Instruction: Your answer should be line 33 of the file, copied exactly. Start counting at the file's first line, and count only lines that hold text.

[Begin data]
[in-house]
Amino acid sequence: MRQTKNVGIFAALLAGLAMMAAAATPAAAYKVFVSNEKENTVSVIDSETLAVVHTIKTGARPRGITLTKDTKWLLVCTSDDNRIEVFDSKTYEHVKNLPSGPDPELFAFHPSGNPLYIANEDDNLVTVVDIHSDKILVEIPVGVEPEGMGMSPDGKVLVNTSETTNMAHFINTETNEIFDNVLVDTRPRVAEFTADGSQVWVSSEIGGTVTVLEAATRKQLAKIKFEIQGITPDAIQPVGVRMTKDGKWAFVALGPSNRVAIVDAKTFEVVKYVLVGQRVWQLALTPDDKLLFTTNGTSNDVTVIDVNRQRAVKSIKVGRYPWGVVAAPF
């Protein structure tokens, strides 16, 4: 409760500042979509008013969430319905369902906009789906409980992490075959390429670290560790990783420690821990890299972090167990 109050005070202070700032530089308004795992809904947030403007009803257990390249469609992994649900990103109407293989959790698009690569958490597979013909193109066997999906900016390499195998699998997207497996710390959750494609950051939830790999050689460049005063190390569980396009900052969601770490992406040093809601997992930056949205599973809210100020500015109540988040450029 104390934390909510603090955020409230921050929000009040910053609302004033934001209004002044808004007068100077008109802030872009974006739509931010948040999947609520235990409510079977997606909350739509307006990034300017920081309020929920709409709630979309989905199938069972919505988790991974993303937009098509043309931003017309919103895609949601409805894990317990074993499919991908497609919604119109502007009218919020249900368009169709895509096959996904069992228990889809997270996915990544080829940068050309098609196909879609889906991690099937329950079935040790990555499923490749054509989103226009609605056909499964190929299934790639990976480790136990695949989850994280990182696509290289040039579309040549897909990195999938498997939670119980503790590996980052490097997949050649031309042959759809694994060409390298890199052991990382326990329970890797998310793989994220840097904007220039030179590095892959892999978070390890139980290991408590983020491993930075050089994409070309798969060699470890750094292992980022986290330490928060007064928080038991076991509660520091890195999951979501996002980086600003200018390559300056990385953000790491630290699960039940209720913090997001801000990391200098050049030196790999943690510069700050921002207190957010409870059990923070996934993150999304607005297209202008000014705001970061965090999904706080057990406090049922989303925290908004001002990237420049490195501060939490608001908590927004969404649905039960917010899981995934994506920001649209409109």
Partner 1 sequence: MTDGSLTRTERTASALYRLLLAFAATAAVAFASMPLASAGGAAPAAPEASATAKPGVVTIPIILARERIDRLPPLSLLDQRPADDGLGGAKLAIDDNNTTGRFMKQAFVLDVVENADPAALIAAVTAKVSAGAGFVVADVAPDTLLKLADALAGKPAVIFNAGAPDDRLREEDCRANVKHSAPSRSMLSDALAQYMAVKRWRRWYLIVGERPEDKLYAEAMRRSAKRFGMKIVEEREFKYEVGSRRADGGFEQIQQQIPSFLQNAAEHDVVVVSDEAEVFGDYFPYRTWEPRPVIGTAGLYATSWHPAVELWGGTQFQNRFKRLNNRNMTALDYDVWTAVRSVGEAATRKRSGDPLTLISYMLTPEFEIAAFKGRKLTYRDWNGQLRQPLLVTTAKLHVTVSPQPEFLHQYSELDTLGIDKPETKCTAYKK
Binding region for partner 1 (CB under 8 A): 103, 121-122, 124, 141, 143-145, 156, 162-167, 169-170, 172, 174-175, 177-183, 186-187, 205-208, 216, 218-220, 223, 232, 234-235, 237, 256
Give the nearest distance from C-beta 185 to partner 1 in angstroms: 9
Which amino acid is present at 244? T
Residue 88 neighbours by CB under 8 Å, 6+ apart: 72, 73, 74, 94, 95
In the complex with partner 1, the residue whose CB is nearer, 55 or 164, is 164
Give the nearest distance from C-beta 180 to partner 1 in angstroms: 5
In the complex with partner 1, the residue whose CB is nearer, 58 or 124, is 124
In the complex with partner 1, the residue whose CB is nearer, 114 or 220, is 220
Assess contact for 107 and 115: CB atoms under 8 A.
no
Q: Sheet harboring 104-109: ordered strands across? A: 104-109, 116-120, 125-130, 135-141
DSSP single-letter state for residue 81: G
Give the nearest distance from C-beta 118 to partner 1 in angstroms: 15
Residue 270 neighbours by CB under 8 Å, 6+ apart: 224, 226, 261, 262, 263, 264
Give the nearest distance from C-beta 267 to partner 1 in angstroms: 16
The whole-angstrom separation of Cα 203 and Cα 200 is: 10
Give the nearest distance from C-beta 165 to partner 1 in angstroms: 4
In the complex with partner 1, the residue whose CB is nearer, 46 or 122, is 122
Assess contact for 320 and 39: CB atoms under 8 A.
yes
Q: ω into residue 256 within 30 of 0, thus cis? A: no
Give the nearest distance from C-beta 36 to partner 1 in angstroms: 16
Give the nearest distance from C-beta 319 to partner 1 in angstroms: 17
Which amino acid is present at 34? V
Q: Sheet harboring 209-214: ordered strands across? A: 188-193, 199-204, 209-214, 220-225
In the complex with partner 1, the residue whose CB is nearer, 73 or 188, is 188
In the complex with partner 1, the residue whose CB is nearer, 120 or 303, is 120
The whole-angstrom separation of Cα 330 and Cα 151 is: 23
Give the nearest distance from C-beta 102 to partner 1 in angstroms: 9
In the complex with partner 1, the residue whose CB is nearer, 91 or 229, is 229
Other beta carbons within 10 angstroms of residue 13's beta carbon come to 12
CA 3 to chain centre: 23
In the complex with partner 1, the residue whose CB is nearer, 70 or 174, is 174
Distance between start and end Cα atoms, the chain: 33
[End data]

Give the nearest distance from C-beta 102 to partner 1 in angstroms: 9